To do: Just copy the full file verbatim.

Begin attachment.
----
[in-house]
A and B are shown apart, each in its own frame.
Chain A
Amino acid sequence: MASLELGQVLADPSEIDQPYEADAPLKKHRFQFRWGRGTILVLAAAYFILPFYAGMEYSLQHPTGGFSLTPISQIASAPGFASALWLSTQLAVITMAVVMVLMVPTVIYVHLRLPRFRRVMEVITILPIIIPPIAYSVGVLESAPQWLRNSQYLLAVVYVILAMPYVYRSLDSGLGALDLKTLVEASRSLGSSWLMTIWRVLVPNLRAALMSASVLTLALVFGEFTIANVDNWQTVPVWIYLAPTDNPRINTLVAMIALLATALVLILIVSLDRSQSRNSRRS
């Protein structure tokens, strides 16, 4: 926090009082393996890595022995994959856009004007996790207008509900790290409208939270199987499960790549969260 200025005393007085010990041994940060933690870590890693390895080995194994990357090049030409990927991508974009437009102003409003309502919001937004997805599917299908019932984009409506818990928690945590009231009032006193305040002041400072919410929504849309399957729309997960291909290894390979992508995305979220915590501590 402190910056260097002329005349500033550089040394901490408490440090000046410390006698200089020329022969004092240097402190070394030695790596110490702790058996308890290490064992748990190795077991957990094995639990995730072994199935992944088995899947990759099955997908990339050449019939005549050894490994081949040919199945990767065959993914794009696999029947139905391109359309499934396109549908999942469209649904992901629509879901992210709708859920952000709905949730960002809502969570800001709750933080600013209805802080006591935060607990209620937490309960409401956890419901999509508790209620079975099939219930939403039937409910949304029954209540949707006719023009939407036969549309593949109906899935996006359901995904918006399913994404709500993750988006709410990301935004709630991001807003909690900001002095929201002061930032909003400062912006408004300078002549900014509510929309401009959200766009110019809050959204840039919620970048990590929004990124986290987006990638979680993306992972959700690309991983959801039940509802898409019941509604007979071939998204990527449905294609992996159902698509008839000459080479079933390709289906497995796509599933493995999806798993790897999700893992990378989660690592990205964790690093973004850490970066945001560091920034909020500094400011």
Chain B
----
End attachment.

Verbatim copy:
[in-house]
A and B are shown apart, each in its own frame.
Chain A
Amino acid sequence: MASLELGQVLADPSEIDQPYEADAPLKKHRFQFRWGRGTILVLAAAYFILPFYAGMEYSLQHPTGGFSLTPISQIASAPGFASALWLSTQLAVITMAVVMVLMVPTVIYVHLRLPRFRRVMEVITILPIIIPPIAYSVGVLESAPQWLRNSQYLLAVVYVILAMPYVYRSLDSGLGALDLKTLVEASRSLGSSWLMTIWRVLVPNLRAALMSASVLTLALVFGEFTIANVDNWQTVPVWIYLAPTDNPRINTLVAMIALLATALVLILIVSLDRSQSRNSRRS
């Protein structure tokens, strides 16, 4: 926090009082393996890595022995994959856009004007996790207008509900790290409208939270199987499960790549969260 200025005393007085010990041994940060933690870590890693390895080995194994990357090049030409990927991508974009437009102003409003309502919001937004997805599917299908019932984009409506818990928690945590009231009032006193305040002041400072919410929504849309399957729309997960291909290894390979992508995305979220915590501590 402190910056260097002329005349500033550089040394901490408490440090000046410390006698200089020329022969004092240097402190070394030695790596110490702790058996308890290490064992748990190795077991957990094995639990995730072994199935992944088995899947990759099955997908990339050449019939005549050894490994081949040919199945990767065959993914794009696999029947139905391109359309499934396109549908999942469209649904992901629509879901992210709708859920952000709905949730960002809502969570800001709750933080600013209805802080006591935060607990209620937490309960409401956890419901999509508790209620079975099939219930939403039937409910949304029954209540949707006719023009939407036969549309593949109906899935996006359901995904918006399913994404709500993750988006709410990301935004709630991001807003909690900001002095929201002061930032909003400062912006408004300078002549900014509510929309401009959200766009110019809050959204840039919620970048990590929004990124986290987006990638979680993306992972959700690309991983959801039940509802898409019941509604007979071939998204990527449905294609992996159902698509008839000459080479079933390709289906497995796509599933493995999806798993790897999700893992990378989660690592990205964790690093973004850490970066945001560091920034909020500094400011």
Chain B